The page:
Ref: J. H. Moromisato, “The Coming Age of Freed Money”, 2010.

  • Phil Sheridan

    Good idea except if a bank has to keep 100% reserves then how will it have any money to lend? If it can’t lend, how can it make enough income to stay in business? If banks go out of business won’t there be another 1933-type round of failures? Seems like the reserve ratio would have to be well below 100% FOR BANKS TO CONTINUE TO KEEP THEIR DOORS OPEN.

    • Mira Tekelova (Positive Money)

      In order to lend money after the reform is implemented, banks will need to find customers who are willing to give up access to their money for a certain period of time. In practice, this means that the customer will need to invest their money for a defined time period (1 month, 6 months, 2 years, for example) or set a minimum notice period that must be given before the money can be withdrawn (e.g. 7 days, 30 days, 60 days, 6 months).

      Banks will then operate in the way that most people think they currently do – by taking money from savers and lending it to borrowers (rather than creating new money (deposits) whenever they make a loan, and walking a tightrope between maximizing profit and becoming insolvent).

      Note also, that after the reform is implemented, there will be more debt-free money in circulation and it will be easier for everyone to get out of debt and have savings, which will be available for investments.

      Find out more about how a sufficiency of loan finance for institutions during the period following the commencement of this reform will be ensured here: http://bsd.wpengine.com.uk/draft-legislation/part-6-transition-process/

      For customers of the bank, this means they will only be able to earn a rate of return (interest) if they are willing to give up access to their money for a certain period of time.

      Note that this policy completely eliminates the risk of a bank run and gives the bank much more stability, as it is able to plan its future outgoings up to 12 months into the future (a much greater degree of stability than they have right now).

  • http://endtheecb.ning.com Jake

    You can´s just spend money into circulation due to inflation risk. You need to introduce money as debt to be able to retire it again at the rate of depreciation of the undelrying property. Interest is the problem.

    Mathematically perfected economy is a currency not subject to interest, comprising a debt financing all permissible enterprise, paid by each and every debtor exactly as they consume of the associated production.

    There is no inflation or deflation, as the currency in circulation is always equal to the current value of existent production across however much of the economy is supported by a circulation.

    Neither the value of money or assets are altered by changing proportions of circulation to indebted assets or services. The value of the money is always consistent in quantity — both in earnability and spendability — with the remaining value of the indebted assets which exist, for which it was issued, and which constitute its immutable value.

    The remaining circulation is always sufficient to pay off debt. Further production therefore is not impeded by a deficient circulation, deplenished by paying more than what circulation was introduced for to finance the production.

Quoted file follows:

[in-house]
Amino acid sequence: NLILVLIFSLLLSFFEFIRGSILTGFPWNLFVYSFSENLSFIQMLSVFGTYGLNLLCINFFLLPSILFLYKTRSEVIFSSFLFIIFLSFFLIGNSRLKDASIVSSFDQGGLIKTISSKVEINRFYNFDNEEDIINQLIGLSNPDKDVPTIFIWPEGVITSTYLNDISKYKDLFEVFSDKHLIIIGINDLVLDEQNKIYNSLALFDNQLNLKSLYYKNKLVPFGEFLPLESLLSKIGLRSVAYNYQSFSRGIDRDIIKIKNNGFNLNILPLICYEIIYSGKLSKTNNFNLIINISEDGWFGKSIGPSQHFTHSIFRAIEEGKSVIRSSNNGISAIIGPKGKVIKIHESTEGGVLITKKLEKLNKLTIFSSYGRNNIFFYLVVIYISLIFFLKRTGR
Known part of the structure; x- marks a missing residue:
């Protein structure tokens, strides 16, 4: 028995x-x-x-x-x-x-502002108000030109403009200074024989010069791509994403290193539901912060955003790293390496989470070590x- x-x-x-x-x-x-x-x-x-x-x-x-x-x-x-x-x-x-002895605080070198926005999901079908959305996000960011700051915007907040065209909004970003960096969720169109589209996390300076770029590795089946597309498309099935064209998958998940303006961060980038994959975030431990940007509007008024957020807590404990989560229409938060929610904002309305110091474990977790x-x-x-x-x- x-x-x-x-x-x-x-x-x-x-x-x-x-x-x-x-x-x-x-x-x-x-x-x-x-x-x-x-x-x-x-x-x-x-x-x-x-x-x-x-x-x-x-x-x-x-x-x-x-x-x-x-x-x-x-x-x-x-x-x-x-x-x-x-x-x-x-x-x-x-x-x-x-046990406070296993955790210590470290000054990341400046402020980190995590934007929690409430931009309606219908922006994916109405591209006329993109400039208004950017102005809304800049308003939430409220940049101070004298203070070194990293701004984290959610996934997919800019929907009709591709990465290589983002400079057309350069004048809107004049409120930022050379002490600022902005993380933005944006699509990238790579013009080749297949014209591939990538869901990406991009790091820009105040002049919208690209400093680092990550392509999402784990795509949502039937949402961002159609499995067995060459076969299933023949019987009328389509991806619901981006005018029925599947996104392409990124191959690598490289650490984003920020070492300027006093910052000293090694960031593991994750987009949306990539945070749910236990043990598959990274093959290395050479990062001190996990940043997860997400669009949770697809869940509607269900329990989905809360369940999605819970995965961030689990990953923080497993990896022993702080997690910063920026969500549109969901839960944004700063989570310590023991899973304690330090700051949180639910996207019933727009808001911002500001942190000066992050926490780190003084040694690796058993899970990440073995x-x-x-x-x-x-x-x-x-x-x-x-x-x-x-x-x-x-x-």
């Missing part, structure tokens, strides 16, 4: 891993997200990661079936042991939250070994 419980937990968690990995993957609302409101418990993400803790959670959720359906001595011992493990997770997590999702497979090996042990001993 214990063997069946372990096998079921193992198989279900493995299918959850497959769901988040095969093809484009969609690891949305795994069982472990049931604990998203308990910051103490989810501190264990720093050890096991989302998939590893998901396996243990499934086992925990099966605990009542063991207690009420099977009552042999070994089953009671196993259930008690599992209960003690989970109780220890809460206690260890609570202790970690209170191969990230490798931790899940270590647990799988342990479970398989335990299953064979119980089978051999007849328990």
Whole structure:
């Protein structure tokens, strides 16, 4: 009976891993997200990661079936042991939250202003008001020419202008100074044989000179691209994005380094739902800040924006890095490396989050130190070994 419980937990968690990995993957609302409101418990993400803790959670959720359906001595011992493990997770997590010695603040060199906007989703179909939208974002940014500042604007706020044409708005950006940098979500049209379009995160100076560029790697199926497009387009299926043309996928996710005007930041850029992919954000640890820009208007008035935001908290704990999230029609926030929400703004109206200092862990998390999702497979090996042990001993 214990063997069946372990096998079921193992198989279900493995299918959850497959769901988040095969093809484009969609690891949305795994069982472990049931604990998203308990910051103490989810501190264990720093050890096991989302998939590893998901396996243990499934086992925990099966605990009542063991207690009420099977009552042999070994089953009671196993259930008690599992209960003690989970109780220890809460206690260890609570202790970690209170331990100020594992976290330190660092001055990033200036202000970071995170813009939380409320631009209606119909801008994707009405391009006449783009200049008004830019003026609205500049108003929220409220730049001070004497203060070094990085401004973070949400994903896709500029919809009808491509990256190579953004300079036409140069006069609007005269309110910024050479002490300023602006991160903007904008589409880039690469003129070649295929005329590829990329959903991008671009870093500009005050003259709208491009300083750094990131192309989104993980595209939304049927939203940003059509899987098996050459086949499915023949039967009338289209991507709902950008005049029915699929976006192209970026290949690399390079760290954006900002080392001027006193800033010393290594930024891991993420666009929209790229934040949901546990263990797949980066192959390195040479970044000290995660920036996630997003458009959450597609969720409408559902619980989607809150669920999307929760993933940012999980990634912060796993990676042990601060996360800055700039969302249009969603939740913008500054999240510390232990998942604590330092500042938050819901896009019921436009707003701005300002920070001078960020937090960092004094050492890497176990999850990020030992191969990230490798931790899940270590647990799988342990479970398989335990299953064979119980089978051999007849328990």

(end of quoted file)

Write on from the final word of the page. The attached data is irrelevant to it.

Debt is not multiplied beyond the circulation or remaining value of indebted assets. To pay debt obligations exceeding the remaining value of indebted assets sets off a perpetual cycle of re-borrowing and multiplication of debt. Merely to maintain a circulation, we must borrow again so much as we have paid beyond the original circulation which was equal only to the un-multiplied debt.

    Neither production or consumption are impeded by imposition of extrinsic cost. In every transaction, production is traded for equal production.

    So long as we make such a circulation available to production, no impediment, limitation, or inequity whatever are imposed upon production or commerce. Production and commerce are fully expedited only by a completely liquid and effectual currency.

    Mathematically perfected economy is no more than a singular prescription, dissolving unjust intervention.

  • John Steinsvold

    An Alternative to Capitalism (if the people knew about it, they would demand it)

    Several decades ago, Margaret Thatcher claimed: “There is no alternative”. She was referring to capitalism. Today, this negative attitude still persists.

    I would like to offer an alternative to capitalism for the American people to consider. Please click on the following link. It will take you to an essay titled: “Home of the Brave?” which was published by the Athenaeum Library of Philosophy:

    http://evans-experientialism.freewebspace.com/steinsvold.htm

    John Steinsvold

    “Insanity is doing the same thing over and over and expecting a different result.”
    ~ Albert Einstein

  • Phil Sheridan

    Inflation, general price level increases across many industries, is caused by many things, including broad levels of money supply increases, but also increasing costs, monopoly, lack of competition, restraint of trade, fair distribution of income, increasing purchases et al.

    The “Federal Reserve” is not “federal” but private, and it creates money and sells securities to reduce the money supply or buys them to increase it. Its governors are appointed by an elected by POTUS. It operates in secret. Read “web of debt” [Ellen Brown webofdebt.com] & “Creature from Jekyll Island”- Griffin.

    When the Fed needs money, it prints it and exchanges it for “Treasury bonds”. So it really doesn’t have a “reserve” only accounting entries. It is not federal & no reserve.

    Also read the Constitution and you will see that the Fed is not constitutional. Only congress can coin money legal tender for debts, not a private association owned by private bank corporations.

    I also think 100 % reserve rqt [in this proposal] is unrealistic. People need cash debit cards, and check books to pay their bills. They are not going to hand all their money over to the banks for 30 days or any other length of time.